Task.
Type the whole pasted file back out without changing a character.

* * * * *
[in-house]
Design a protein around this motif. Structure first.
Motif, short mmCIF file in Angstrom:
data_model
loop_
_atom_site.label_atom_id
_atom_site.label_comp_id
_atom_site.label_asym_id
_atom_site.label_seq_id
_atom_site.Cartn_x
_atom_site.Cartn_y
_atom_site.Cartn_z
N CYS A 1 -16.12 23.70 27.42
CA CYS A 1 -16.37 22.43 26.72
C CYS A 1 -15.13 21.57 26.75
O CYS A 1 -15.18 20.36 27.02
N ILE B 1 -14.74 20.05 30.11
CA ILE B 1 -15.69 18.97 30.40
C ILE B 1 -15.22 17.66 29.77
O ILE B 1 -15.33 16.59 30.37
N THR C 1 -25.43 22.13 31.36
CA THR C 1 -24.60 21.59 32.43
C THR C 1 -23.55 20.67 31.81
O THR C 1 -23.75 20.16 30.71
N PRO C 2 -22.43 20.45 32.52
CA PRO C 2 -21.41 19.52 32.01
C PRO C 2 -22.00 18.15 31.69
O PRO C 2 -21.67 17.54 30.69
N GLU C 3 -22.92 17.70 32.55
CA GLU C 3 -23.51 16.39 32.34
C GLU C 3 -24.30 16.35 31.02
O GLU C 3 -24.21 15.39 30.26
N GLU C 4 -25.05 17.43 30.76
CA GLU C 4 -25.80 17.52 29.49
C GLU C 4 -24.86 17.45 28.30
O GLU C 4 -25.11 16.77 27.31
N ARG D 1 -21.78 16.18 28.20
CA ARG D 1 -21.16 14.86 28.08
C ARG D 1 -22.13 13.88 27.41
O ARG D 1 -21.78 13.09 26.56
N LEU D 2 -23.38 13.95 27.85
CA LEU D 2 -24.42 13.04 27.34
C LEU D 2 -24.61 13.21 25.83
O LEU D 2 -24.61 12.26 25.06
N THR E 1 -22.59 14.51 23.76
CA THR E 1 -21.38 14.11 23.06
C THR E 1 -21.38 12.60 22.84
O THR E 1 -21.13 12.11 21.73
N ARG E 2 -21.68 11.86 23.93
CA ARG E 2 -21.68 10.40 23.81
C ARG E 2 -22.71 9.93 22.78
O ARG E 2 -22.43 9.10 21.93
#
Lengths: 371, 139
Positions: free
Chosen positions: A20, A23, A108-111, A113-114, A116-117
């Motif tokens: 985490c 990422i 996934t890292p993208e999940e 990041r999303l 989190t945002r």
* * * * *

[in-house]
Design a protein around this motif. Structure first.
Motif, short mmCIF file in Angstrom:
data_model
loop_
_atom_site.label_atom_id
_atom_site.label_comp_id
_atom_site.label_asym_id
_atom_site.label_seq_id
_atom_site.Cartn_x
_atom_site.Cartn_y
_atom_site.Cartn_z
N CYS A 1 -16.12 23.70 27.42
CA CYS A 1 -16.37 22.43 26.72
C CYS A 1 -15.13 21.57 26.75
O CYS A 1 -15.18 20.36 27.02
N ILE B 1 -14.74 20.05 30.11
CA ILE B 1 -15.69 18.97 30.40
C ILE B 1 -15.22 17.66 29.77
O ILE B 1 -15.33 16.59 30.37
N THR C 1 -25.43 22.13 31.36
CA THR C 1 -24.60 21.59 32.43
C THR C 1 -23.55 20.67 31.81
O THR C 1 -23.75 20.16 30.71
N PRO C 2 -22.43 20.45 32.52
CA PRO C 2 -21.41 19.52 32.01
C PRO C 2 -22.00 18.15 31.69
O PRO C 2 -21.67 17.54 30.69
N GLU C 3 -22.92 17.70 32.55
CA GLU C 3 -23.51 16.39 32.34
C GLU C 3 -24.30 16.35 31.02
O GLU C 3 -24.21 15.39 30.26
N GLU C 4 -25.05 17.43 30.76
CA GLU C 4 -25.80 17.52 29.49
C GLU C 4 -24.86 17.45 28.30
O GLU C 4 -25.11 16.77 27.31
N ARG D 1 -21.78 16.18 28.20
CA ARG D 1 -21.16 14.86 28.08
C ARG D 1 -22.13 13.88 27.41
O ARG D 1 -21.78 13.09 26.56
N LEU D 2 -23.38 13.95 27.85
CA LEU D 2 -24.42 13.04 27.34
C LEU D 2 -24.61 13.21 25.83
O LEU D 2 -24.61 12.26 25.06
N THR E 1 -22.59 14.51 23.76
CA THR E 1 -21.38 14.11 23.06
C THR E 1 -21.38 12.60 22.84
O THR E 1 -21.13 12.11 21.73
N ARG E 2 -21.68 11.86 23.93
CA ARG E 2 -21.68 10.40 23.81
C ARG E 2 -22.71 9.93 22.78
O ARG E 2 -22.43 9.10 21.93
#
Lengths: 371, 139
Positions: free
Chosen positions: A20, A23, A108-111, A113-114, A116-117
């Motif tokens: 985490c 990422i 996934t890292p993208e999940e 990041r999303l 989190t945002r």